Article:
Growing up on a farm directly affects the regulation of the immune system and causes a reduction in the immunological responses to food proteins, according to a new study led by Bristol veterinary school.
Immunological diseases, such as eczema and asthma, are on the increase in westernised society and represent a major challenge for 21st century medicine.
Now, a study undertaken by Bristol Veterinary School has proved, for the first time, that growing up on a farm directly affects the regulation of the immune system and causes a reduction in the immunological responses to food proteins.
Previous epidemiological studies have suggested a link between growing up on a farm and a reduced likelihood of developing allergic disease but, until now, it has been impossible to demonstrate “direct cause and effect”.
However, researchers at Bristol have discovered that spending early life in a complex farm environment increases the number of regulatory T-lymphocytes – cells that damp down the immune system and limit immune responses.
Led by Marie Lewis, research associate in infection and immunity at the University of Bristol’s School of Veterinary Sciences, the study compared piglets nursed by their mothers on a farm with siblings kept in an isolator unit under very hygienic conditions and fed formula milk (to reflect the environment human babies are raised in).
The work was carried out in piglets as they are valuable translational models for humans since they share many aspects of physiology, metabolism, genetics and immunity.
Compared to their brothers and sisters in the isolator, the farm-reared piglets had reduced overall numbers of T-lymphocytes (the immune cells which drive immune responses) in their intestinal tissues, but significantly increased numbers of a subset of these cells, the regulatory T-lymphocytes, which pacify immune responses and limit inflammation.
Regulatory T-cells have been identified in many mammalian species, including humans, and appear to be universal regulators of immune systems and a reduction in their numbers is often associated with the development of allergies, autoimmune and inflammatory diseases.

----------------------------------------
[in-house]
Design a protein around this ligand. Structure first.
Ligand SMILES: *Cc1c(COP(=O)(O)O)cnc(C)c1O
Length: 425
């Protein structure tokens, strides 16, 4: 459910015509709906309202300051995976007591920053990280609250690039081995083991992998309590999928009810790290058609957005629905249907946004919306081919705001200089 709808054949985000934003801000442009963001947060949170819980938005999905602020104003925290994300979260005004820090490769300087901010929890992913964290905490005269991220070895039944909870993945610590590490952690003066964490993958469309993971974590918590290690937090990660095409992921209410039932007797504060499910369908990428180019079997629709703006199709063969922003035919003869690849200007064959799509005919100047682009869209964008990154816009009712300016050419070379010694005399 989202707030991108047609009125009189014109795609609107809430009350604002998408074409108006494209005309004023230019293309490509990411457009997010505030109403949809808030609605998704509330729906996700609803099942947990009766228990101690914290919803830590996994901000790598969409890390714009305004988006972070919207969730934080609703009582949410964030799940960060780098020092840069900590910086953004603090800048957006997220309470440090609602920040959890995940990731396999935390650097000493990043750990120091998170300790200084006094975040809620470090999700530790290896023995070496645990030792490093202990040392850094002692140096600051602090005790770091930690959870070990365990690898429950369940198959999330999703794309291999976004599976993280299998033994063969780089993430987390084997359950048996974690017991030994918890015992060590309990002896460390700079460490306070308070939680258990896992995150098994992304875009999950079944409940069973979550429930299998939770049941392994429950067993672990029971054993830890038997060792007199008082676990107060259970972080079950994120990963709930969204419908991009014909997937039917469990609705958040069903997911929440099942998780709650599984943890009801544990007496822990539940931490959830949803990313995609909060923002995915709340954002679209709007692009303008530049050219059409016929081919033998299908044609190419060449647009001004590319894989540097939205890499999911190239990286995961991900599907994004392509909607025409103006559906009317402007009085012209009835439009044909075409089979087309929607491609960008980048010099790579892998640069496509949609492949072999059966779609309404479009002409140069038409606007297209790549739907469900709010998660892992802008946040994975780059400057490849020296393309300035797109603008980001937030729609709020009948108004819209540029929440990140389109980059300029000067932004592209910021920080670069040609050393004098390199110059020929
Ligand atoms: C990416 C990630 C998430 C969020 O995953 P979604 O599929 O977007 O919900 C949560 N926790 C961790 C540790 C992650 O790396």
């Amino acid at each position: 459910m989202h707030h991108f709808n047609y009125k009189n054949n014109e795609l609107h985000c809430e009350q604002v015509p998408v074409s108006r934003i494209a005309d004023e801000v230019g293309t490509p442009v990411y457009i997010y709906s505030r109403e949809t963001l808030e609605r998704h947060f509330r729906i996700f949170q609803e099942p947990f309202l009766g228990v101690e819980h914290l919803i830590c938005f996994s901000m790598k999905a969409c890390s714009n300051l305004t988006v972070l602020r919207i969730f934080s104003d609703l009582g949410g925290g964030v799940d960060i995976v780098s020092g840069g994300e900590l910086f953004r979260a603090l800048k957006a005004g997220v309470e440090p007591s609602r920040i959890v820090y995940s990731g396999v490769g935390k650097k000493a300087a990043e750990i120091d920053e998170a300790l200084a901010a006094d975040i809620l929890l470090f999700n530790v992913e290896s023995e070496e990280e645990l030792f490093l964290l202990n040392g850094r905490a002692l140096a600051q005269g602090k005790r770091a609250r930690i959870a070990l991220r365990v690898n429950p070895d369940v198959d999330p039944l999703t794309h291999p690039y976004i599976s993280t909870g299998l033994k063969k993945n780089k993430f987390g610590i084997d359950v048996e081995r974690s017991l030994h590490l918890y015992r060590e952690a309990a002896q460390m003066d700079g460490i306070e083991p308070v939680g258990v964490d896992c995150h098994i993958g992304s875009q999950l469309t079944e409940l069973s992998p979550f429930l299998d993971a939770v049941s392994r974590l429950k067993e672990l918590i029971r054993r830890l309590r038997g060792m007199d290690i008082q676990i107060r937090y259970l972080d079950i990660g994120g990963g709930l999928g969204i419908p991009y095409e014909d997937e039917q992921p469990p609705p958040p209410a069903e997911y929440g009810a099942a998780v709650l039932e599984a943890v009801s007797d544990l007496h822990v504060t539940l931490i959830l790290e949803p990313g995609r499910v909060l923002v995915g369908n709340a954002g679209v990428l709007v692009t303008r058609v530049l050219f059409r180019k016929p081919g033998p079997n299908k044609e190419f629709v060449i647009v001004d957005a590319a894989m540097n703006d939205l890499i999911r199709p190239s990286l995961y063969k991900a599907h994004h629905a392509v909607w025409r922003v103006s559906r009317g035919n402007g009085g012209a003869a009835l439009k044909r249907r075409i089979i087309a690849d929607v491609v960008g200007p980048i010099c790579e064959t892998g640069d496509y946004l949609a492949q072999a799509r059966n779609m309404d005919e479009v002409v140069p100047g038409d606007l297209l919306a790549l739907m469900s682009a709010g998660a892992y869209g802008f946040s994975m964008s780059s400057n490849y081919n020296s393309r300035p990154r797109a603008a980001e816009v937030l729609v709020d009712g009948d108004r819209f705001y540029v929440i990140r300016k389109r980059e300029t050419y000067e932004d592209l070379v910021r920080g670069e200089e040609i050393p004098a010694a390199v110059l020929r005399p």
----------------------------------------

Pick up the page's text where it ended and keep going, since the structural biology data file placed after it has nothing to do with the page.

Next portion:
Dr Lewis said: “At this point it is not clear exactly what caused the increased capacity for immune regulation in our farm-reared piglets. Our previous work suggests that intestinal bacteria play a pivotal role in the development of a competent immune system and these bacteria are obtained from the environment during early life.”
Additional work is required to determine the extent to which other farm-associated factors contributed to the impact of the environment on increased local and systemic immune regulation. These include:
- Social and maternal interactions,
- Aerial contaminants,
- Antigens from bedding, and
- Early nutrition.
Further clarification of the mechanisms underlying these interactions could lead to methods of intervention during infancy to prevent the development of immune diseases in later life.
- Paper: Direct experimental evidence that early-life farm environment influences regulation of immune responses, Marie C. Lewis, Charlotte F. Inman, Dilip Patel, Bettina Schmidt, Imke Mulder, Bevis Miller, Bhupinder P. Gill, John Pluske, Denise Kelly, Christopher R. Stokes & Michael Bailey, Pediatric Allergy and Immunology, February 3, 2012.
Clean piglets ©iStockphoto.com/MaXPdia